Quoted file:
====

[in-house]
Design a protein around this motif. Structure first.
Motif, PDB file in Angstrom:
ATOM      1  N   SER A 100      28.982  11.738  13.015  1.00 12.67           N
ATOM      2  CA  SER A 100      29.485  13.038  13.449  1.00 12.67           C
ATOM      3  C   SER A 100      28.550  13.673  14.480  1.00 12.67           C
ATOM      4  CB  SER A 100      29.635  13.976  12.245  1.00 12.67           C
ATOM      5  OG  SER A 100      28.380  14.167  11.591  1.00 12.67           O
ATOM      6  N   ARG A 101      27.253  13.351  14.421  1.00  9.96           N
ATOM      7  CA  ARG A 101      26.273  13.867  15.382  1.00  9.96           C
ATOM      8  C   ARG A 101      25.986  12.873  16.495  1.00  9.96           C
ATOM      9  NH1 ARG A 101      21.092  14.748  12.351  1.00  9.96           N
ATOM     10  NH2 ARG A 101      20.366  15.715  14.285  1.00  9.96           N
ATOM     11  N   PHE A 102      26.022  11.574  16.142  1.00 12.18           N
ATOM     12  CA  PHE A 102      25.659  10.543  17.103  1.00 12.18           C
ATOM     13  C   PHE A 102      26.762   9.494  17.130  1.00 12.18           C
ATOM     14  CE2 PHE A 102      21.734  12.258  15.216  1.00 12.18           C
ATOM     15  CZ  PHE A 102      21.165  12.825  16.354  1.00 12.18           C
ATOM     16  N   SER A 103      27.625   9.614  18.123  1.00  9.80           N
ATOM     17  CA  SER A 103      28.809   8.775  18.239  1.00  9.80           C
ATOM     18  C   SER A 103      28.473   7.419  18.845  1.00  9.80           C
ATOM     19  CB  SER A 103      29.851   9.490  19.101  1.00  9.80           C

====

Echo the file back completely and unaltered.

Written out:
[in-house]
Design a protein around this motif. Structure first.
Motif, PDB file in Angstrom:
ATOM      1  N   SER A 100      28.982  11.738  13.015  1.00 12.67           N
ATOM      2  CA  SER A 100      29.485  13.038  13.449  1.00 12.67           C
ATOM      3  C   SER A 100      28.550  13.673  14.480  1.00 12.67           C
ATOM      4  CB  SER A 100      29.635  13.976  12.245  1.00 12.67           C
ATOM      5  OG  SER A 100      28.380  14.167  11.591  1.00 12.67           O
ATOM      6  N   ARG A 101      27.253  13.351  14.421  1.00  9.96           N
ATOM      7  CA  ARG A 101      26.273  13.867  15.382  1.00  9.96           C
ATOM      8  C   ARG A 101      25.986  12.873  16.495  1.00  9.96           C
ATOM      9  NH1 ARG A 101      21.092  14.748  12.351  1.00  9.96           N
ATOM     10  NH2 ARG A 101      20.366  15.715  14.285  1.00  9.96           N
ATOM     11  N   PHE A 102      26.022  11.574  16.142  1.00 12.18           N
ATOM     12  CA  PHE A 102      25.659  10.543  17.103  1.00 12.18           C
ATOM     13  C   PHE A 102      26.762   9.494  17.130  1.00 12.18           C
ATOM     14  CE2 PHE A 102      21.734  12.258  15.216  1.00 12.18           C
ATOM     15  CZ  PHE A 102      21.165  12.825  16.354  1.00 12.18           C
ATOM     16  N   SER A 103      27.625   9.614  18.123  1.00  9.80           N
ATOM     17  CA  SER A 103      28.809   8.775  18.239  1.00  9.80           C
ATOM     18  C   SER A 103      28.473   7.419  18.845  1.00  9.80           C
ATOM     19  CB  SER A 103      29.851   9.490  19.101  1.00  9.80           C